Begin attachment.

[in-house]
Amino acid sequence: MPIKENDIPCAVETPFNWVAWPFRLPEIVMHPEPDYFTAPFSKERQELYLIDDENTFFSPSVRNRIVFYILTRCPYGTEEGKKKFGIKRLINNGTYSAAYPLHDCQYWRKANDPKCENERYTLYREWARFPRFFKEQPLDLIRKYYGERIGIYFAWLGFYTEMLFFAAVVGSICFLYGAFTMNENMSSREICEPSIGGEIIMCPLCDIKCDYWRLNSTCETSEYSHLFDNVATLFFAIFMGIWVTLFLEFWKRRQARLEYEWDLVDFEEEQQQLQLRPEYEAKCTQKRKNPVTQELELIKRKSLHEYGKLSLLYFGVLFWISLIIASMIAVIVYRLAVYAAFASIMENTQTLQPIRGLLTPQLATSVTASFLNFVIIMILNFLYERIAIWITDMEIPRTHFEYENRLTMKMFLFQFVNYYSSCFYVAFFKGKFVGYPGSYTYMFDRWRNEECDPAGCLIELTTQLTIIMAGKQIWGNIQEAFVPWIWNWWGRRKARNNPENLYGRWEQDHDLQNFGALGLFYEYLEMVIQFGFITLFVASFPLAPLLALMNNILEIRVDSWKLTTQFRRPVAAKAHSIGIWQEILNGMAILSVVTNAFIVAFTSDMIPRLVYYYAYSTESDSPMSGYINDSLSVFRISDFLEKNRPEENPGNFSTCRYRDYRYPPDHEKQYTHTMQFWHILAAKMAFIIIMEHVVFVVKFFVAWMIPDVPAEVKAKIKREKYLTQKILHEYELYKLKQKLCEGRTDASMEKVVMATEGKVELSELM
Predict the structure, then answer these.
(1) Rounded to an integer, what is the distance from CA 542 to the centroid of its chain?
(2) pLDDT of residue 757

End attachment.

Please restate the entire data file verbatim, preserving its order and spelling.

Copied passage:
[in-house]
Amino acid sequence: MPIKENDIPCAVETPFNWVAWPFRLPEIVMHPEPDYFTAPFSKERQELYLIDDENTFFSPSVRNRIVFYILTRCPYGTEEGKKKFGIKRLINNGTYSAAYPLHDCQYWRKANDPKCENERYTLYREWARFPRFFKEQPLDLIRKYYGERIGIYFAWLGFYTEMLFFAAVVGSICFLYGAFTMNENMSSREICEPSIGGEIIMCPLCDIKCDYWRLNSTCETSEYSHLFDNVATLFFAIFMGIWVTLFLEFWKRRQARLEYEWDLVDFEEEQQQLQLRPEYEAKCTQKRKNPVTQELELIKRKSLHEYGKLSLLYFGVLFWISLIIASMIAVIVYRLAVYAAFASIMENTQTLQPIRGLLTPQLATSVTASFLNFVIIMILNFLYERIAIWITDMEIPRTHFEYENRLTMKMFLFQFVNYYSSCFYVAFFKGKFVGYPGSYTYMFDRWRNEECDPAGCLIELTTQLTIIMAGKQIWGNIQEAFVPWIWNWWGRRKARNNPENLYGRWEQDHDLQNFGALGLFYEYLEMVIQFGFITLFVASFPLAPLLALMNNILEIRVDSWKLTTQFRRPVAAKAHSIGIWQEILNGMAILSVVTNAFIVAFTSDMIPRLVYYYAYSTESDSPMSGYINDSLSVFRISDFLEKNRPEENPGNFSTCRYRDYRYPPDHEKQYTHTMQFWHILAAKMAFIIIMEHVVFVVKFFVAWMIPDVPAEVKAKIKREKYLTQKILHEYELYKLKQKLCEGRTDASMEKVVMATEGKVELSELM
Predict the structure, then answer these.
(1) Rounded to an integer, what is the distance from CA 542 to the centroid of its chain?
(2) pLDDT of residue 757